12.Many criminals using vehicles to carry out criminal activity use false plates to avoid detection.  Such activity can range from terrorism, the use of getaway cars by armed robbers to burglars using vehicles to transport stolen goods.

13.Prior to this Act there were no controls over the supply of plates.  Suppliers were not required before supplying a set of plates to check the identity of purchasers or their entitlement to use plates containing particular registration marks.  The objective of this Part is to ensure that plates are issued only to those with a genuine reason for having the plates and that they are issued for the correct vehicle.

14.This Part provides for the registration of persons carrying on the business of a number plate supplier; the charging of a registration fee; a power by which a court may remove or suspend registrations; and a power to prosecute for contravention of the statutory requirements.  It also allows the Secretary of State to remove from the register persons whom he believes to have ceased carrying on the relevant business.

15.Part 2 creates a number of new offences: making a false application for registration as a number plate supplier, making such an application while suspended from registration by an order of the court, knowingly selling plates which purport to be registration plates but are not, knowingly supplying plates to a person who is in the business of selling fake registration plates, and knowingly supplying components or plates to an unregistered number plate supplier unless that supplier is an exempt person.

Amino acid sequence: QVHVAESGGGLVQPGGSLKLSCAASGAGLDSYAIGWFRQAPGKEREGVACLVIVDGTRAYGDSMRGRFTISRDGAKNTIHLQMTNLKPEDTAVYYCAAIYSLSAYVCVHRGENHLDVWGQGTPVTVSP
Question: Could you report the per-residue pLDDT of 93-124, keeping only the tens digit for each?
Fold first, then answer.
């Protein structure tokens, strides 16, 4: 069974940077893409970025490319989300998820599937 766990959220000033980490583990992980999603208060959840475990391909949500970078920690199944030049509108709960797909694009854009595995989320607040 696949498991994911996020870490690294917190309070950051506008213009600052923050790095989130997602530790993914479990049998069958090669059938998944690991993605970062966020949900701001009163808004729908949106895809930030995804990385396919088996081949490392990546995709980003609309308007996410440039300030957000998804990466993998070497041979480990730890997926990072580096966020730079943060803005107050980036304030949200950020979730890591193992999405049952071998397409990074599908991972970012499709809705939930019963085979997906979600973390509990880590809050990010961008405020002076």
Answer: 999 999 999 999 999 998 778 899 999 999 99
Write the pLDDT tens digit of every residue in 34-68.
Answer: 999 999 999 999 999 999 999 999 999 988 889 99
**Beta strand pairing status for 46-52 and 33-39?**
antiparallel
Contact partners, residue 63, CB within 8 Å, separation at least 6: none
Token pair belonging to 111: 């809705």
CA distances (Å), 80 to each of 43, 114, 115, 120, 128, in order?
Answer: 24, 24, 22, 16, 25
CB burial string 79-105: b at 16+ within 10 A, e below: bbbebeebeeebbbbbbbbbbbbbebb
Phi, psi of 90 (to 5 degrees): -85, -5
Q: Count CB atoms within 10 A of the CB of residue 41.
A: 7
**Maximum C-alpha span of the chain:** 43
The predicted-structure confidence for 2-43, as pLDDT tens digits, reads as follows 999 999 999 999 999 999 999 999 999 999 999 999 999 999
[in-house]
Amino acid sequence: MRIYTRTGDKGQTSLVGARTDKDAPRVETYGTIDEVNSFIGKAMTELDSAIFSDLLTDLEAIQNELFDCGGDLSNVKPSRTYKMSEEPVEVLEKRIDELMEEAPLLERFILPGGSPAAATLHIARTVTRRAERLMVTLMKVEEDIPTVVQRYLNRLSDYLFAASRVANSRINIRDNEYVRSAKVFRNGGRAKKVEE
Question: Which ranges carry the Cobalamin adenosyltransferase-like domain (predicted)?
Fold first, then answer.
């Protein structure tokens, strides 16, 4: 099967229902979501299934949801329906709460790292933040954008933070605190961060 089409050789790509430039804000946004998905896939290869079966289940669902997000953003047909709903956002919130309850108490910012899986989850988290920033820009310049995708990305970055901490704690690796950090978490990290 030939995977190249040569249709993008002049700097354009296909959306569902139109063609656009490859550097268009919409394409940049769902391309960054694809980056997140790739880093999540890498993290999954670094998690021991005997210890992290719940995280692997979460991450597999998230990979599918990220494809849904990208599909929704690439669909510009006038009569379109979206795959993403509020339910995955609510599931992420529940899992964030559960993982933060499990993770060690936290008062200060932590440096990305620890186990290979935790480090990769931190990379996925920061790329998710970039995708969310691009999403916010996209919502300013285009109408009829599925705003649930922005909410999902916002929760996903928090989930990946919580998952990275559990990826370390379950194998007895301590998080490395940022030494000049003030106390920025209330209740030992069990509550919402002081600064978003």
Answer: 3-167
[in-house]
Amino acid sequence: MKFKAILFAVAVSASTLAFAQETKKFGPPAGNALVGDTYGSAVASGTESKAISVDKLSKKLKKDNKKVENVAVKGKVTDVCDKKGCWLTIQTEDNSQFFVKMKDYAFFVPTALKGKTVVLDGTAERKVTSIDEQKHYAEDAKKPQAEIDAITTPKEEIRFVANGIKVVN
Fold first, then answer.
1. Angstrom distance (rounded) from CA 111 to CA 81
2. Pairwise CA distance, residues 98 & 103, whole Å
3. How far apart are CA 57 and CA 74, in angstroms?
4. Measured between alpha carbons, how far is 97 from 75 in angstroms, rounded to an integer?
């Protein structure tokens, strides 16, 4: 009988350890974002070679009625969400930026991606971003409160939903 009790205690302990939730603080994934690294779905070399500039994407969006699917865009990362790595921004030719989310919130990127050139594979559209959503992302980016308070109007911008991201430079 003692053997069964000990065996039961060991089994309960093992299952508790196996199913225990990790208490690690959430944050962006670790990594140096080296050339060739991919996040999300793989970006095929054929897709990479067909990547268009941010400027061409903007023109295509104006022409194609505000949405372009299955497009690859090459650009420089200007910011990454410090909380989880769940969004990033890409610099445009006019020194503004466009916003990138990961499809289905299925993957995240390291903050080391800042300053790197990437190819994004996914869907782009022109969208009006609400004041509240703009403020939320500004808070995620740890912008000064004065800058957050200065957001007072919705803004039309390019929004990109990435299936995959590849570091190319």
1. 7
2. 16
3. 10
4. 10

Part 3: Other Provisions Relating to Vehicle Crime

16.The incentives for criminals arise if they can obtain a low-value accident-damaged or scrapped vehicle (salvage) and subsequently sell a similar stolen vehicle to an unsuspecting purchaser at a much higher price.  One of the main objectives of this Part of the Act is to make it harder for such criminals to obtain new registration documents for “rung” vehicles. Additionally, this Part provides enabling powers for the introduction of vehicle identification features on number plates.  This will link number plates to the vehicles to which they have been assigned, thereby making it more difficult to switch plates between vehicles.  It will also make plates more secure and more difficult to duplicate for illegal purposes.

17.Swapping vehicle identity involves transferring vehicle-specific identification plates from the damaged vehicle to the stolen vehicle and the introduction of vehicle identity checks is intended to detect and deter this crime (and, in turn, vehicle ringing).

18.One of the issues vital to the successful implementation of vehicle identity checks is the mechanism for ensuring that vehicles are submitted for test.  This will be achieved as a result of a combination of factors: